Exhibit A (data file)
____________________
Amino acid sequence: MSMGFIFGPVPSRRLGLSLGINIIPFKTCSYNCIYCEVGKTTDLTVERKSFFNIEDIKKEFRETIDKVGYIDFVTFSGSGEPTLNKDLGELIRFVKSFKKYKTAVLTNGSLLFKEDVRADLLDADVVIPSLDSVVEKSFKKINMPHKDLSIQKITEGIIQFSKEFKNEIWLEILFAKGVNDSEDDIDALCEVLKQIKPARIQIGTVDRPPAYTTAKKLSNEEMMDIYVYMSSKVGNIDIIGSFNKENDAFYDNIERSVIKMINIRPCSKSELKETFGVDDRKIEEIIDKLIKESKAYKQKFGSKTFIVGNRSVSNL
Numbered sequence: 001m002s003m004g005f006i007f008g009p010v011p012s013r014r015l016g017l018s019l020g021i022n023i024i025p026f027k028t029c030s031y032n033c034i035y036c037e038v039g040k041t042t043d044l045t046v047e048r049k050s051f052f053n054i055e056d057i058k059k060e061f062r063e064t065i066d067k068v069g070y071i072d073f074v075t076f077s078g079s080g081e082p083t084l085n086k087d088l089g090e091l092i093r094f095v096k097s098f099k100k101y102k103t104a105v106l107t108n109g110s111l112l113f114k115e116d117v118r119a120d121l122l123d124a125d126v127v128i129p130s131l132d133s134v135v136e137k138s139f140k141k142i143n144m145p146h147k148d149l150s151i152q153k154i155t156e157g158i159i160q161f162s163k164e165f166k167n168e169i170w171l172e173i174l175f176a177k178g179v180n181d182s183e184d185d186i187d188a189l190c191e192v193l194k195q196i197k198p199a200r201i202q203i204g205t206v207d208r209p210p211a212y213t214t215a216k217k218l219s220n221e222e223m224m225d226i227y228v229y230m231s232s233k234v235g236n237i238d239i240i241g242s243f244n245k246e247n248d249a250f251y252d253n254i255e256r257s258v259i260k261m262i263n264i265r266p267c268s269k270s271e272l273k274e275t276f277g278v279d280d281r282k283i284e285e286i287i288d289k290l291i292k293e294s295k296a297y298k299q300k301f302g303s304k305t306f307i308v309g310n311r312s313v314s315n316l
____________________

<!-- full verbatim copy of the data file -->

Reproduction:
Amino acid sequence: MSMGFIFGPVPSRRLGLSLGINIIPFKTCSYNCIYCEVGKTTDLTVERKSFFNIEDIKKEFRETIDKVGYIDFVTFSGSGEPTLNKDLGELIRFVKSFKKYKTAVLTNGSLLFKEDVRADLLDADVVIPSLDSVVEKSFKKINMPHKDLSIQKITEGIIQFSKEFKNEIWLEILFAKGVNDSEDDIDALCEVLKQIKPARIQIGTVDRPPAYTTAKKLSNEEMMDIYVYMSSKVGNIDIIGSFNKENDAFYDNIERSVIKMINIRPCSKSELKETFGVDDRKIEEIIDKLIKESKAYKQKFGSKTFIVGNRSVSNL
Numbered sequence: 001m002s003m004g005f006i007f008g009p010v011p012s013r014r015l016g017l018s019l020g021i022n023i024i025p026f027k028t029c030s031y032n033c034i035y036c037e038v039g040k041t042t043d044l045t046v047e048r049k050s051f052f053n054i055e056d057i058k059k060e061f062r063e064t065i066d067k068v069g070y071i072d073f074v075t076f077s078g079s080g081e082p083t084l085n086k087d088l089g090e091l092i093r094f095v096k097s098f099k100k101y102k103t104a105v106l107t108n109g110s111l112l113f114k115e116d117v118r119a120d121l122l123d124a125d126v127v128i129p130s131l132d133s134v135v136e137k138s139f140k141k142i143n144m145p146h147k148d149l150s151i152q153k154i155t156e157g158i159i160q161f162s163k164e165f166k167n168e169i170w171l172e173i174l175f176a177k178g179v180n181d182s183e184d185d186i187d188a189l190c191e192v193l194k195q196i197k198p199a200r201i202q203i204g205t206v207d208r209p210p211a212y213t214t215a216k217k218l219s220n221e222e223m224m225d226i227y228v229y230m231s232s233k234v235g236n237i238d239i240i241g242s243f244n245k246e247n248d249a250f251y252d253n254i255e256r257s258v259i260k261m262i263n264i265r266p267c268s269k270s271e272l273k274e275t276f277g278v279d280d281r282k283i284e285e286i287i288d289k290l291i292k293e294s295k296a297y298k299q300k301f302g303s304k305t306f307i308v309g310n311r312s313v314s315n316l